He said the money is currently being held in a Commerce Bank account earning 40 basis points.
“We're looking into available options for a higher interest-earning investment that would comply with the three different jurisdictions’ investment policies, and so we have to find a vehicle that would increase the interest rate, while at the same time comply with the three different entity’s investment policies and get approval of all three entities.”
Blanner added all three parties are “a ways off” from starting to spend their slice of the settlement.
“So, in the intervening period, why wouldn't we to be good stewards of that money? Why wouldn't we want to earn the highest rate of interest on it that we can?” he said.
“We have a once-in-a-generation opportunity here to change the region, so why rush it?” he said. “Let’s take our time and really invest this money into good safe investments, and I’m talking safe investments backed by US Treasuries.
“We’re really not trying to rule from behind the curtain here, we all really want to be good stewards of this money. If we get even a whiff of a potential for this money being wasted, we’re not going to settle.”
Whether Page and Jones will support moving the money into higher-interest-bearing accounts is unclear.
Page’s spokesman did not reply to multiple requests for comment from the I-Team.
Jones’ office issued a statement, which didn’t answer the question directly.
It read: “Mayor Jones has worked to make smart investments throughout her career as financial professional and City Treasurer. During her tenure as Treasurer, Jones adjusted St. Louis’ investment strategy, yielding millions of dollars in returns for the City. She remains committed that any funds the City procures through this historic agreement must be invested responsibly with an eye towards our children and grandchildren - not the next election cycle. We cannot take a hammer to the political piggy bank, or our future generations will end up paying the price.”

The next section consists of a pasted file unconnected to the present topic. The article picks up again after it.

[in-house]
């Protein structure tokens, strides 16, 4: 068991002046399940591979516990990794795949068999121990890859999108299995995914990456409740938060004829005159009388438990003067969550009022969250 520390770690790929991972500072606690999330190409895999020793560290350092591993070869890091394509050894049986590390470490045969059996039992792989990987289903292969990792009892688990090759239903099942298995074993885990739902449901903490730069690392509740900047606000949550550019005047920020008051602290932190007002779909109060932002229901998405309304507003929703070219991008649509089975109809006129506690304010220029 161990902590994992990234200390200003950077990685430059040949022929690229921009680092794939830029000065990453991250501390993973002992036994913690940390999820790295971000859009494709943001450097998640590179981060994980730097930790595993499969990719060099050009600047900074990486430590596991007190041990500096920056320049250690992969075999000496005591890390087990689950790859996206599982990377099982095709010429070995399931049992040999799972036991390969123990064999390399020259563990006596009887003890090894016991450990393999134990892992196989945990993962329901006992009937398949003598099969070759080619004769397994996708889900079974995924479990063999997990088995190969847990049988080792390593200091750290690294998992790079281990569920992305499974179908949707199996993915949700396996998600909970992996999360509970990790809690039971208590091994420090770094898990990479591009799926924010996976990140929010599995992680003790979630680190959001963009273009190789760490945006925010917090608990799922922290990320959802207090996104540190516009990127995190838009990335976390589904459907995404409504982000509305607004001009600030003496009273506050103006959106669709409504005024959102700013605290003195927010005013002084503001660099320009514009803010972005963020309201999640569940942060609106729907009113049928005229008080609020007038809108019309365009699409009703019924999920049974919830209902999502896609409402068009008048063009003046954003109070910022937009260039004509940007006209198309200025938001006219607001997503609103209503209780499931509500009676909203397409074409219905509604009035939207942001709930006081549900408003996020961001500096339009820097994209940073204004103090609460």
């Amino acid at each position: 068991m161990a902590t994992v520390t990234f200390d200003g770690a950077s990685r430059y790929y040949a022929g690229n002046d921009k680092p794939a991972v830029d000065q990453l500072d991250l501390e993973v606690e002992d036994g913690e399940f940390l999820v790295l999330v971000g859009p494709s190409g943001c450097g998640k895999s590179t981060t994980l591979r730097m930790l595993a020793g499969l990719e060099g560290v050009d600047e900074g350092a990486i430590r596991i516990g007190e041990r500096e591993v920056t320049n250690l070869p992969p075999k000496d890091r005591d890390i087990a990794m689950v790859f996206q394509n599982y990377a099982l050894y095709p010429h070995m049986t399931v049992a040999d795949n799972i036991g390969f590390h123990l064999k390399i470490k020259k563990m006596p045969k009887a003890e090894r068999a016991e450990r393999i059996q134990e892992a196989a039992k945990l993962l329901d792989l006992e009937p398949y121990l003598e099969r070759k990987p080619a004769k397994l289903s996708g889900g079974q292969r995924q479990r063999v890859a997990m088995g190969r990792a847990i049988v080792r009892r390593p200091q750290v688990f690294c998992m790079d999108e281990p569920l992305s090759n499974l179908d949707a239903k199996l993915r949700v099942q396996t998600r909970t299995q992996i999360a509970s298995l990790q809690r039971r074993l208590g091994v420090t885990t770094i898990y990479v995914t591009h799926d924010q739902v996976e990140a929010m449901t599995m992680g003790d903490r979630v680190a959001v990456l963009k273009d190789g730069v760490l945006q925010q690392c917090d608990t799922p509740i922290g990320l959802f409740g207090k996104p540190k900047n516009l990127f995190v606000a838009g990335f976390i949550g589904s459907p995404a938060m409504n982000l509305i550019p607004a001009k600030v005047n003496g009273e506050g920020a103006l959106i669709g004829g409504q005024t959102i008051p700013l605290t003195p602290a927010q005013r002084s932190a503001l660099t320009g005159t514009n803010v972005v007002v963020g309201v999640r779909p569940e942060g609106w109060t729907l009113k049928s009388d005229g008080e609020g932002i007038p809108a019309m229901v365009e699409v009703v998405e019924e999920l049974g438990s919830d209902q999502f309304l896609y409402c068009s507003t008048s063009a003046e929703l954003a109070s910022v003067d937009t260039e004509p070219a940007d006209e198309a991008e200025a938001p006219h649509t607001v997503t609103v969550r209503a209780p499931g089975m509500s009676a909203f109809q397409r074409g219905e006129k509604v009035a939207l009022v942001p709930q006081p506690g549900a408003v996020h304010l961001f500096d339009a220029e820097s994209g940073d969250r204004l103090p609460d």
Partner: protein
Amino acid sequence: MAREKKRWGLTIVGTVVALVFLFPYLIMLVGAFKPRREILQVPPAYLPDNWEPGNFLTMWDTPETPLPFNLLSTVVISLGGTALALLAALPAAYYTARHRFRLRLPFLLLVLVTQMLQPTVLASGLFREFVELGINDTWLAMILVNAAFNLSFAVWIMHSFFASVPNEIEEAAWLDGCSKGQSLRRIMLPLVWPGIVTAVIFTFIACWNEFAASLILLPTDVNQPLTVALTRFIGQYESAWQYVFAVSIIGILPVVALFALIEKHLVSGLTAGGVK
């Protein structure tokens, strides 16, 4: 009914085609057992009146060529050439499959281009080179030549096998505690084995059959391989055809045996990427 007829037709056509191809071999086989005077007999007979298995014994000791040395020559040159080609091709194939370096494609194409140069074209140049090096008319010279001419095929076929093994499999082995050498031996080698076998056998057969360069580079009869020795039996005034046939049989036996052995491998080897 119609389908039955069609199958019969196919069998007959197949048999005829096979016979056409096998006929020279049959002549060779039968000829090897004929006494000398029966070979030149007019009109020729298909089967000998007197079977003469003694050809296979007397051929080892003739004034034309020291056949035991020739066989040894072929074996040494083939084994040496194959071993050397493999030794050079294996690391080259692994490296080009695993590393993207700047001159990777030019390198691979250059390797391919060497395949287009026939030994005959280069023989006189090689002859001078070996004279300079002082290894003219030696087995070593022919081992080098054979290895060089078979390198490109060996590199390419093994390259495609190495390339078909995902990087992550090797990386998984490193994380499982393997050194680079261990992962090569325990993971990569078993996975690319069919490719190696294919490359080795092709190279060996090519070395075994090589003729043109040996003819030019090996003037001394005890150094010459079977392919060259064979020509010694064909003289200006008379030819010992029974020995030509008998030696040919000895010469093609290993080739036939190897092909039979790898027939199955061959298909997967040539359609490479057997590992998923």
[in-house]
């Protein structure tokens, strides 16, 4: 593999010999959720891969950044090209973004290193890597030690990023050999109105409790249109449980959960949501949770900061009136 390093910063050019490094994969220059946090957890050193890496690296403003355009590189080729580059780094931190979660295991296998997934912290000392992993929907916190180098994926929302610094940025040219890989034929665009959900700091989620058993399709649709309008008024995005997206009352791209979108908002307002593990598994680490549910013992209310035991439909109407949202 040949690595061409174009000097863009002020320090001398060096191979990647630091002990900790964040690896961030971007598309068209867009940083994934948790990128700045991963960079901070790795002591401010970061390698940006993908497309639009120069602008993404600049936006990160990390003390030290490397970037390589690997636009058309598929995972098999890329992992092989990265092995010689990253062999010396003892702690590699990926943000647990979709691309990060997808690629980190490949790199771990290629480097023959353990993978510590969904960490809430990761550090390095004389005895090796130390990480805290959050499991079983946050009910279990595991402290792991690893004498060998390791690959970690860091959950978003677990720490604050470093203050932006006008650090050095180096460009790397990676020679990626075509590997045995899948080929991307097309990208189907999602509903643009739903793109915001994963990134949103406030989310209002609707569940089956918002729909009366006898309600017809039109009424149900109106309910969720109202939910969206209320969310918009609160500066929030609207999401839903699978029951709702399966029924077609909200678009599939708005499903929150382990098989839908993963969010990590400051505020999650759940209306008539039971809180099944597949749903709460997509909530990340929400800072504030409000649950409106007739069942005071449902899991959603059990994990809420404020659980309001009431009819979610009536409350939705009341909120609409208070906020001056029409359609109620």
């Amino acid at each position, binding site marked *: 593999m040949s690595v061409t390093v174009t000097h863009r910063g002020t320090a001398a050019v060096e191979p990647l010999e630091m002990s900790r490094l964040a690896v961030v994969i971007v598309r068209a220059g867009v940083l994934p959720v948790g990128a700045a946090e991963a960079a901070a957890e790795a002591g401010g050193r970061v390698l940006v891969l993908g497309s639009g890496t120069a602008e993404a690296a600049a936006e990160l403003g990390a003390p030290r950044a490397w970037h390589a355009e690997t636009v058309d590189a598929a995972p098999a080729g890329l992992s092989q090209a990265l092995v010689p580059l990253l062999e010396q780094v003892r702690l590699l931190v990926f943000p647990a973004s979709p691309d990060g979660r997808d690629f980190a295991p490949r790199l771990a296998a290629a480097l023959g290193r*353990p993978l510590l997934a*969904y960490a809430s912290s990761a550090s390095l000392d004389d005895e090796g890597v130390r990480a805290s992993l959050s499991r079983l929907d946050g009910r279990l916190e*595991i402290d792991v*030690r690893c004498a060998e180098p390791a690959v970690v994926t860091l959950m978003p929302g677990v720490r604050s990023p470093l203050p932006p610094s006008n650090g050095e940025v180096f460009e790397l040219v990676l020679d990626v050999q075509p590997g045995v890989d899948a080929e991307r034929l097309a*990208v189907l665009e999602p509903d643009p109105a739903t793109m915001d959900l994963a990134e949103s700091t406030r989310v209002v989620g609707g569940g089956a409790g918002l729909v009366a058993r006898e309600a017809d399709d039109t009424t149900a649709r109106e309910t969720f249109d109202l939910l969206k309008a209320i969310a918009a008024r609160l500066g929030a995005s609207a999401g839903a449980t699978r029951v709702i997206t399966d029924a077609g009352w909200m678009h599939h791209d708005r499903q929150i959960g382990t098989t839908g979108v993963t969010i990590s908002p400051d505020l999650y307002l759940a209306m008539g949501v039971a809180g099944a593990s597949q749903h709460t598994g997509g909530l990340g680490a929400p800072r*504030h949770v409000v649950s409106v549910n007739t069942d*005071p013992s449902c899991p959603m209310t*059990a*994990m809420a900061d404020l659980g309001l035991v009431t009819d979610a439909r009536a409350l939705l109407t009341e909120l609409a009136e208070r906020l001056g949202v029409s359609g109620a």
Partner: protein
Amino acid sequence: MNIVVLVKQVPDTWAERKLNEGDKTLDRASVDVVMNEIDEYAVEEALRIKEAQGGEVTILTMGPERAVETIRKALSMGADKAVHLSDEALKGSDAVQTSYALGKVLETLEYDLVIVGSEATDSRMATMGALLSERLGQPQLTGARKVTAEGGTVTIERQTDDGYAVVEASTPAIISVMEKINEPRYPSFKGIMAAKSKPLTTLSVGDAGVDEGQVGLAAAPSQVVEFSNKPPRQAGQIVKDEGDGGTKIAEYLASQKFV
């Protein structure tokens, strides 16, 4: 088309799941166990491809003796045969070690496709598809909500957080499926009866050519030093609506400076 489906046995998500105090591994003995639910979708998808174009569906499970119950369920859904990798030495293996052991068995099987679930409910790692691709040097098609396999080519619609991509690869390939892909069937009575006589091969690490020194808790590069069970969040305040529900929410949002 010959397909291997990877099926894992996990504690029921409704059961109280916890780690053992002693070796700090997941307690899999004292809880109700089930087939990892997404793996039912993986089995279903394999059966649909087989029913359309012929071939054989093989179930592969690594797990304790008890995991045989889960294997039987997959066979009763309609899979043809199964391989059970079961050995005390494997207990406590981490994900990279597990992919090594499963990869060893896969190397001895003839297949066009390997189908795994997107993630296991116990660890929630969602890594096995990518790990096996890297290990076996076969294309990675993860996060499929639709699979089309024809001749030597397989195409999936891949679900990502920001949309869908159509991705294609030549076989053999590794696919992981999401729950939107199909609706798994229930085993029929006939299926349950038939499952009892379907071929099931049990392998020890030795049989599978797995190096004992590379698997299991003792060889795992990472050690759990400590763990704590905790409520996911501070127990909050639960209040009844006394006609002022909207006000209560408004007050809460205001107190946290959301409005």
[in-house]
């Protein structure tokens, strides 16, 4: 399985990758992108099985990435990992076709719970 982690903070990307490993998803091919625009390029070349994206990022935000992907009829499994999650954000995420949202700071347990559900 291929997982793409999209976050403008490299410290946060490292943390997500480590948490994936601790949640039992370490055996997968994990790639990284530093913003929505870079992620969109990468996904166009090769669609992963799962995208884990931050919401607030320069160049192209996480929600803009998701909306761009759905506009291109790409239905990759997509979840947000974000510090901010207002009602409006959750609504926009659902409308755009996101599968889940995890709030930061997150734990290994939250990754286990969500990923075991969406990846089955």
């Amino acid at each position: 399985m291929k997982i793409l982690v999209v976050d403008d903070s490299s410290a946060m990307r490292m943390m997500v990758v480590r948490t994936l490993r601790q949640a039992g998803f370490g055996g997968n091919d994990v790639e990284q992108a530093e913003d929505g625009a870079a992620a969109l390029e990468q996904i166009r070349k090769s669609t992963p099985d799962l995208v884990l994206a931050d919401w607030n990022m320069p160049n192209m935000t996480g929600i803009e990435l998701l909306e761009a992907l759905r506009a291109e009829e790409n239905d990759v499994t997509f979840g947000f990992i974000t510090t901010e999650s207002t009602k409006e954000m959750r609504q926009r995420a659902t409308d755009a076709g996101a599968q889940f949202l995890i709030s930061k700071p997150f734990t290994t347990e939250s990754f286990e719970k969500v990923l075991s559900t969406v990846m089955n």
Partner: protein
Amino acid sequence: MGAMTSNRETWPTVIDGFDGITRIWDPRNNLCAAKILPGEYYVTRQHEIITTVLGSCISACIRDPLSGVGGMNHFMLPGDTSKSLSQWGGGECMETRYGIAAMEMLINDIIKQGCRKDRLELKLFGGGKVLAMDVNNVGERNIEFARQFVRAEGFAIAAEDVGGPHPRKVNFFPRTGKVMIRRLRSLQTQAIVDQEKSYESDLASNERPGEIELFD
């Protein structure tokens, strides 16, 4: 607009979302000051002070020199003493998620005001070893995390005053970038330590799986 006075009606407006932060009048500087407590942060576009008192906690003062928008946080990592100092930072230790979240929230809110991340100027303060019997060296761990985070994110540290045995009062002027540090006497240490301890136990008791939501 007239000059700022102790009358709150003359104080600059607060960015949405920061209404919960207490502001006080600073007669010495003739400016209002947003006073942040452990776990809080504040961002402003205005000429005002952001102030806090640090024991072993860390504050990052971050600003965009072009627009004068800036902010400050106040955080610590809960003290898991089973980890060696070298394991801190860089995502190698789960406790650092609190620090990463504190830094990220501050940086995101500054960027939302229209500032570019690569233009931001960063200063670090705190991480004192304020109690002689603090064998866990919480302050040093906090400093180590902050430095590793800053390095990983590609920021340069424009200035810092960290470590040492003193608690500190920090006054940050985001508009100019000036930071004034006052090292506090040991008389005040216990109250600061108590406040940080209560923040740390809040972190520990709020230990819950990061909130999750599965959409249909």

Spence said, “I don’t know anybody who could put their head down at night and say, ‘This is not a good idea.’”
When will a settlement happen?
Spence noted the city and county have millions in ARPA funds that can help alleviate any immediate needs, so settling quickly to disperse the Rams lawsuit settlement money seems like a mistake.
“We think this money should be used specifically for things like economic development that will make that money work even more for the community.”
Nance said he believes city and county leaders can determine how best to spend their share of the settlement, whatever that amount may be.
“We have no business telling the city or the county how to spend their share, that is up to them,” Nance said. “They're going to do what they feel is best for the entire community and for their constituency.”
Nance said he believes the city, county and Regional Sports Authority will be able to reach a settlement agreement among themselves before the end of the year.
“In the long run, (the city and county) probably will get more than a third,” Nance said. “As long as The Dome gets its fair share of the revenue so we can run the Dome for the next several years. We think that's very fair. Actually, you know what? If it hadn't been for RSA, there'd be no settlement. Because we were the ones that filed the lawsuit, and city and county joined us.”
Spence said he agrees with a statement Jones made about how the settlement needs to be “something our grandkids can be proud of.”
“The public needs to know we’re alive and kicking and here’s an example of our good decisions, i.e. putting the money in high-interest investments,” he said. “We’re putting a SWAT team on it because every day, we’re losing money.”